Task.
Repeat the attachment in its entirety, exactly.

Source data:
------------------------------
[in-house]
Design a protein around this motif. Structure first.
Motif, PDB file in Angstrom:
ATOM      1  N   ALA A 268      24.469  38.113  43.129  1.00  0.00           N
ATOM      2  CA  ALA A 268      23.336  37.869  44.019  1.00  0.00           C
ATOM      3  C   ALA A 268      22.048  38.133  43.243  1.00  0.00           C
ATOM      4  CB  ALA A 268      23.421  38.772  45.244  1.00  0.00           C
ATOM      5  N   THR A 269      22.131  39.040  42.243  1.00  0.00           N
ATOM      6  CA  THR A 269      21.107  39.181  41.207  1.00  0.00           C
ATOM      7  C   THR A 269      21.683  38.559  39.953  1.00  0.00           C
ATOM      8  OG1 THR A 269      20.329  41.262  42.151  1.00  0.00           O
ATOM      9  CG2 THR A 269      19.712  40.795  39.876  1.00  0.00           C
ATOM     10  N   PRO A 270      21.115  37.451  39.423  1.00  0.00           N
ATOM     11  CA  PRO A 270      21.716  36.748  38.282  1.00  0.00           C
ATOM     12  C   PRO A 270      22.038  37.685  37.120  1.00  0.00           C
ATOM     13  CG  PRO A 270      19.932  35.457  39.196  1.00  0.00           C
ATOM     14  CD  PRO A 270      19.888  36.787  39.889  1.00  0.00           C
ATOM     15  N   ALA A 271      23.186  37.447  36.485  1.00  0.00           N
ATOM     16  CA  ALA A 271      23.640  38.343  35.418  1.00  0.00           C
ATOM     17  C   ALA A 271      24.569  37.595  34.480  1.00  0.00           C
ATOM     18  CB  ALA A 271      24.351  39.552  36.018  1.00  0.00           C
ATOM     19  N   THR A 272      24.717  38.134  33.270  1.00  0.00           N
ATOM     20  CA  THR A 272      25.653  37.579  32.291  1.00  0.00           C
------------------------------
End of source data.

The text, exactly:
[in-house]
Design a protein around this motif. Structure first.
Motif, PDB file in Angstrom:
ATOM      1  N   ALA A 268      24.469  38.113  43.129  1.00  0.00           N
ATOM      2  CA  ALA A 268      23.336  37.869  44.019  1.00  0.00           C
ATOM      3  C   ALA A 268      22.048  38.133  43.243  1.00  0.00           C
ATOM      4  CB  ALA A 268      23.421  38.772  45.244  1.00  0.00           C
ATOM      5  N   THR A 269      22.131  39.040  42.243  1.00  0.00           N
ATOM      6  CA  THR A 269      21.107  39.181  41.207  1.00  0.00           C
ATOM      7  C   THR A 269      21.683  38.559  39.953  1.00  0.00           C
ATOM      8  OG1 THR A 269      20.329  41.262  42.151  1.00  0.00           O
ATOM      9  CG2 THR A 269      19.712  40.795  39.876  1.00  0.00           C
ATOM     10  N   PRO A 270      21.115  37.451  39.423  1.00  0.00           N
ATOM     11  CA  PRO A 270      21.716  36.748  38.282  1.00  0.00           C
ATOM     12  C   PRO A 270      22.038  37.685  37.120  1.00  0.00           C
ATOM     13  CG  PRO A 270      19.932  35.457  39.196  1.00  0.00           C
ATOM     14  CD  PRO A 270      19.888  36.787  39.889  1.00  0.00           C
ATOM     15  N   ALA A 271      23.186  37.447  36.485  1.00  0.00           N
ATOM     16  CA  ALA A 271      23.640  38.343  35.418  1.00  0.00           C
ATOM     17  C   ALA A 271      24.569  37.595  34.480  1.00  0.00           C
ATOM     18  CB  ALA A 271      24.351  39.552  36.018  1.00  0.00           C
ATOM     19  N   THR A 272      24.717  38.134  33.270  1.00  0.00           N
ATOM     20  CA  THR A 272      25.653  37.579  32.291  1.00  0.00           C